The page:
The Insert Statement

 < Day Day Up > 

The Insert Statement

The Insert statement adds a new row to a table. Here is its syntax:

Insert [Into] <table> [(<column> [, <column> ]…)]
[Values (<value> [, <value> ]…)]

Where <table> is the name of the table where the new row will be added,<column> is the name of a column in the table, and <value> is the value for the corresponding column.


NoteLike the Select statement, the syntax presented here covers only part of the full syntax for the Insert statement. However, the information presented here will work on nearly any database server. Check your database vendor’s documentation for the complete set of options for the Insert statement.

Using the Insert Statement

You must specify the name of the table where the row will be added with the Insert statement; following the table name is an optional list of column names and a list of values to be inserted into the database. The position of each value in the list of values corresponds to the position of the column in the list of columns. If you don’t specify all the columns in the Insert statement, columns not listed will be set to Null.

Although the list of column names is optional, you probably should list them anyway. Otherwise, you have to ensure that your values are listed in the same order that the columns are listed in the database. Although this isn’t hard to verify, if you do make a mistake or, more importantly, if the database is changed, the order of the columns might change.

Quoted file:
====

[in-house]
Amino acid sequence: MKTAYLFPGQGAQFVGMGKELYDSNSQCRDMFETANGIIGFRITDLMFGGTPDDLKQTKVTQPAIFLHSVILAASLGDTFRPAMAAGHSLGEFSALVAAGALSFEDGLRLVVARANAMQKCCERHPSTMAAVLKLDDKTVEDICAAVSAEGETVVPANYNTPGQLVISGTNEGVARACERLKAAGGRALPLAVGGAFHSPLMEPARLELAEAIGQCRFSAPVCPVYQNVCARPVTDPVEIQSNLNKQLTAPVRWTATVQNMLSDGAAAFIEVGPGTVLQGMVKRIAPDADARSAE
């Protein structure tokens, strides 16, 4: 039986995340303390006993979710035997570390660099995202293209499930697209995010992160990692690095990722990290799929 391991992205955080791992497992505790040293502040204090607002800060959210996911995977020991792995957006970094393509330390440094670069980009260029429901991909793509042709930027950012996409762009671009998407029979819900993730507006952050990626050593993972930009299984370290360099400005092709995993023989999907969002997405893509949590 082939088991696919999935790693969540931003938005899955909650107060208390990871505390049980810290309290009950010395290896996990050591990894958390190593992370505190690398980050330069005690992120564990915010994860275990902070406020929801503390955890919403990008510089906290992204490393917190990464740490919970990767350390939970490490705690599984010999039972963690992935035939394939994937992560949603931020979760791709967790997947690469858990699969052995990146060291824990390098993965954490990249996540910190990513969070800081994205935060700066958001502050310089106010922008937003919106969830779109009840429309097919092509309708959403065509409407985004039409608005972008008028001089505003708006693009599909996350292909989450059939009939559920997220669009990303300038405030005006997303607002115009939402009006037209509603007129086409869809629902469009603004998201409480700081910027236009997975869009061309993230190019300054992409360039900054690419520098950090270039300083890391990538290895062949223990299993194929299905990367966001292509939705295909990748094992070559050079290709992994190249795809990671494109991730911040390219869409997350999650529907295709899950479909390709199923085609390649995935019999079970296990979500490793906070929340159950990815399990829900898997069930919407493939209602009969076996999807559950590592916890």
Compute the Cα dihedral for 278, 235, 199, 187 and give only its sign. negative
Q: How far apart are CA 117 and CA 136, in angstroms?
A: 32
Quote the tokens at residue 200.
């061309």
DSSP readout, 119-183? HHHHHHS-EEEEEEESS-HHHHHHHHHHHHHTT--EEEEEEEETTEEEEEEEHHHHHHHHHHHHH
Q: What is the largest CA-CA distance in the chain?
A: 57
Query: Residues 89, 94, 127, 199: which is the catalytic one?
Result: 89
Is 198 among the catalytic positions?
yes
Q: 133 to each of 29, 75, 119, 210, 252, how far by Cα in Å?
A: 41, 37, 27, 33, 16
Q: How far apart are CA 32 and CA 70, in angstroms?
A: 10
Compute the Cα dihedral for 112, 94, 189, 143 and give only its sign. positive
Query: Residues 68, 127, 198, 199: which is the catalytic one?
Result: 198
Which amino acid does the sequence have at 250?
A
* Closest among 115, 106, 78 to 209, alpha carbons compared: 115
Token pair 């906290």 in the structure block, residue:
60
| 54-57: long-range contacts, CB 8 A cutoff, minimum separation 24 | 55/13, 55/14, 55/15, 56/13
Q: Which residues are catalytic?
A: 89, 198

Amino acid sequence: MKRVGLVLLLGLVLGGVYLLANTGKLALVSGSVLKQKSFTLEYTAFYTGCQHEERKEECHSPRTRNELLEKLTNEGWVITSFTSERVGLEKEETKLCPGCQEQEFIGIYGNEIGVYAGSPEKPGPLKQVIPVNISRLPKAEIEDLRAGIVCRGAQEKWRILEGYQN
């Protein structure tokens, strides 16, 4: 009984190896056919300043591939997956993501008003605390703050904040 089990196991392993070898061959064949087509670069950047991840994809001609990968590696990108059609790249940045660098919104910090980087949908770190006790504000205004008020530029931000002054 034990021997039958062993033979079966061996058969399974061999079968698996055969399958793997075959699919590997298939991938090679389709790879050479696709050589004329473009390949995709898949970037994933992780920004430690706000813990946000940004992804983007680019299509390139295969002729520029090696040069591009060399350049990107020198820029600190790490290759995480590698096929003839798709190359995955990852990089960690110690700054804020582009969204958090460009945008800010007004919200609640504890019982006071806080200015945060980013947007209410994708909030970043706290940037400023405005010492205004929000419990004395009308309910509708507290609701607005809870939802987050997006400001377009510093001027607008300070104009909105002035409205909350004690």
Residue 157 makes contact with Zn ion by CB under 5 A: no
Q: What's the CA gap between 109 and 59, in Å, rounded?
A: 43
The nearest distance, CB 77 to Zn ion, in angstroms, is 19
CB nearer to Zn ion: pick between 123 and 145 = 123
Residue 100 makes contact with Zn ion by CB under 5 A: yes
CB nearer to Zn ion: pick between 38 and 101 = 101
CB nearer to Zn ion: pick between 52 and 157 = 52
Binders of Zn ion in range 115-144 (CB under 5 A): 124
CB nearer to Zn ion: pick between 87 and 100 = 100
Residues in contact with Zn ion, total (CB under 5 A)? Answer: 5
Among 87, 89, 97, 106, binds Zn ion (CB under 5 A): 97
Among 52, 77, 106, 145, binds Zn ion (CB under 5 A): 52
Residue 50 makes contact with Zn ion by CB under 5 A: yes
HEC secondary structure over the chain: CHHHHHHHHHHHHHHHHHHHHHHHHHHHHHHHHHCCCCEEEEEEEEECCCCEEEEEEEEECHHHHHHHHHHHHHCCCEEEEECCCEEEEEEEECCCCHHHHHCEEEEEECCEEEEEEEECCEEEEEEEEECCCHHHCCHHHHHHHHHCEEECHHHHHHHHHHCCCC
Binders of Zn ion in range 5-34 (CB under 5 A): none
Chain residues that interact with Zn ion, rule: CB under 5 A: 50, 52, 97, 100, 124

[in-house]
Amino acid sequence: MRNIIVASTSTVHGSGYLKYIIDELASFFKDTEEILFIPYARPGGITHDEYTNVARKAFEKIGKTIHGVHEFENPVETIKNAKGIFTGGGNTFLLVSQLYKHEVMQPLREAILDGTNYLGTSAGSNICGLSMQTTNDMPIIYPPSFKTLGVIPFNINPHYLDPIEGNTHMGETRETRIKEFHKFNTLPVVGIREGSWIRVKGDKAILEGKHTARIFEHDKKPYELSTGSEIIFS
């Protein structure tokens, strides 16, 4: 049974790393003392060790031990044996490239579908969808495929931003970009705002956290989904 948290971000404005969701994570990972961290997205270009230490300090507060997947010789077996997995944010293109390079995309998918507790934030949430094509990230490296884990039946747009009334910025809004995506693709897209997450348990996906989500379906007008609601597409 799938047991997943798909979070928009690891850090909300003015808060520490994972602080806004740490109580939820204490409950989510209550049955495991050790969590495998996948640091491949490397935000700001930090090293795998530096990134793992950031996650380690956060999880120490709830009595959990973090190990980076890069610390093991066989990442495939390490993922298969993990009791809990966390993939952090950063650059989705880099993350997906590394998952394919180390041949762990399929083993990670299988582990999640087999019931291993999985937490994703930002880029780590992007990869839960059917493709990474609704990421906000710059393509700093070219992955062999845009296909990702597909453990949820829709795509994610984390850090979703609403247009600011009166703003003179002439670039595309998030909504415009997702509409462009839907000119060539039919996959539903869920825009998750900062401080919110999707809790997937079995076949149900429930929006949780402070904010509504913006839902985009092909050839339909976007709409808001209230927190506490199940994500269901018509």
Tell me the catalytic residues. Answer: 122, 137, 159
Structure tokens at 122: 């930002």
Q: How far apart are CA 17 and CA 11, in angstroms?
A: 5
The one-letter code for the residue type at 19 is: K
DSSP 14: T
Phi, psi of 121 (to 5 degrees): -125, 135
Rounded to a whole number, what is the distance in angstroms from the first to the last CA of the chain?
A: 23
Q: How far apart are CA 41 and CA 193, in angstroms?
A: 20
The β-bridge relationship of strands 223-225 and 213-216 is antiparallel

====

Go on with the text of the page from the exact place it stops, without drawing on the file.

If your table contains an Identity column, you should not include it in the list of columns when you execute an Insert statement. The database will generally return an error if you explicitly attempt to insert a value into the Identity column. There are techniques that might permit you to insert a value instead of relying on the database to automatically generate one. See your database system’s documentation for more information.

The following statement shows how to insert a new row of data into the Customers table. The value 12345 is stored in the CustomerId column, a customer is stored in the Name column, and so forth. Any columns not specified in this list will contain Null.

Insert Into Customers (CustomerId, Name, Street, City, State, ZipCode)
Values (12345, ’A customer’, ’on a street’, ’Tacoma, ’WA’, 98422)

 < Day Day Up > 

Microsoft Excel 2003 Programming Inside Out
Microsoft Office Excel 2003 Programming Inside Out (Inside Out (Microsoft))
ISBN: 0735619859
EAN: 2147483647
Year: 2006
Pages: 161

Similar book on Amazon © 2008-2017.
If you may any questions please contact us: